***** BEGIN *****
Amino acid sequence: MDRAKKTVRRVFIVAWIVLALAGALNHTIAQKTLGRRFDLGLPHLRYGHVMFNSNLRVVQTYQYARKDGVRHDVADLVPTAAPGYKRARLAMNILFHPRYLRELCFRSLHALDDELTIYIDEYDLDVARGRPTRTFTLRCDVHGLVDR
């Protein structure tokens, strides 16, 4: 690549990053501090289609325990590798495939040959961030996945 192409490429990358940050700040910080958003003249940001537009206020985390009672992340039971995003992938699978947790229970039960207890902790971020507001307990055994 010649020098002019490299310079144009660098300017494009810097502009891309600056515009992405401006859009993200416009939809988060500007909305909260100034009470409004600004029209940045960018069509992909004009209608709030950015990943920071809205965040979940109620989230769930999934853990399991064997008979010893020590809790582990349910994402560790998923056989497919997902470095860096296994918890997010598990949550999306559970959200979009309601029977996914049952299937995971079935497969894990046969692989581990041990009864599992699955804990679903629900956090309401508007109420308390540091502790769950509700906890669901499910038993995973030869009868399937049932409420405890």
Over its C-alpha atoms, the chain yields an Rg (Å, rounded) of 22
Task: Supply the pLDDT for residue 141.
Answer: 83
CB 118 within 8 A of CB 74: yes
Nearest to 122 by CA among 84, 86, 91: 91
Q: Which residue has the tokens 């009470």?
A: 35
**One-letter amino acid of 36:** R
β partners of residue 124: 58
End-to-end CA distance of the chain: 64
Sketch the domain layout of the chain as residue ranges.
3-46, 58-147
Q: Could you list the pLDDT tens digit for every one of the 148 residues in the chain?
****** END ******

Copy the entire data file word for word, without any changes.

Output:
Amino acid sequence: MDRAKKTVRRVFIVAWIVLALAGALNHTIAQKTLGRRFDLGLPHLRYGHVMFNSNLRVVQTYQYARKDGVRHDVADLVPTAAPGYKRARLAMNILFHPRYLRELCFRSLHALDDELTIYIDEYDLDVARGRPTRTFTLRCDVHGLVDR
């Protein structure tokens, strides 16, 4: 690549990053501090289609325990590798495939040959961030996945 192409490429990358940050700040910080958003003249940001537009206020985390009672992340039971995003992938699978947790229970039960207890902790971020507001307990055994 010649020098002019490299310079144009660098300017494009810097502009891309600056515009992405401006859009993200416009939809988060500007909305909260100034009470409004600004029209940045960018069509992909004009209608709030950015990943920071809205965040979940109620989230769930999934853990399991064997008979010893020590809790582990349910994402560790998923056989497919997902470095860096296994918890997010598990949550999306559970959200979009309601029977996914049952299937995971079935497969894990046969692989581990041990009864599992699955804990679903629900956090309401508007109420308390540091502790769950509700906890669901499910038993995973030869009868399937049932409420405890």
Over its C-alpha atoms, the chain yields an Rg (Å, rounded) of 22
Task: Supply the pLDDT for residue 141.
Answer: 83
CB 118 within 8 A of CB 74: yes
Nearest to 122 by CA among 84, 86, 91: 91
Q: Which residue has the tokens 């009470």?
A: 35
**One-letter amino acid of 36:** R
β partners of residue 124: 58
End-to-end CA distance of the chain: 64
Sketch the domain layout of the chain as residue ranges.
3-46, 58-147
Q: Could you list the pLDDT tens digit for every one of the 148 residues in the chain?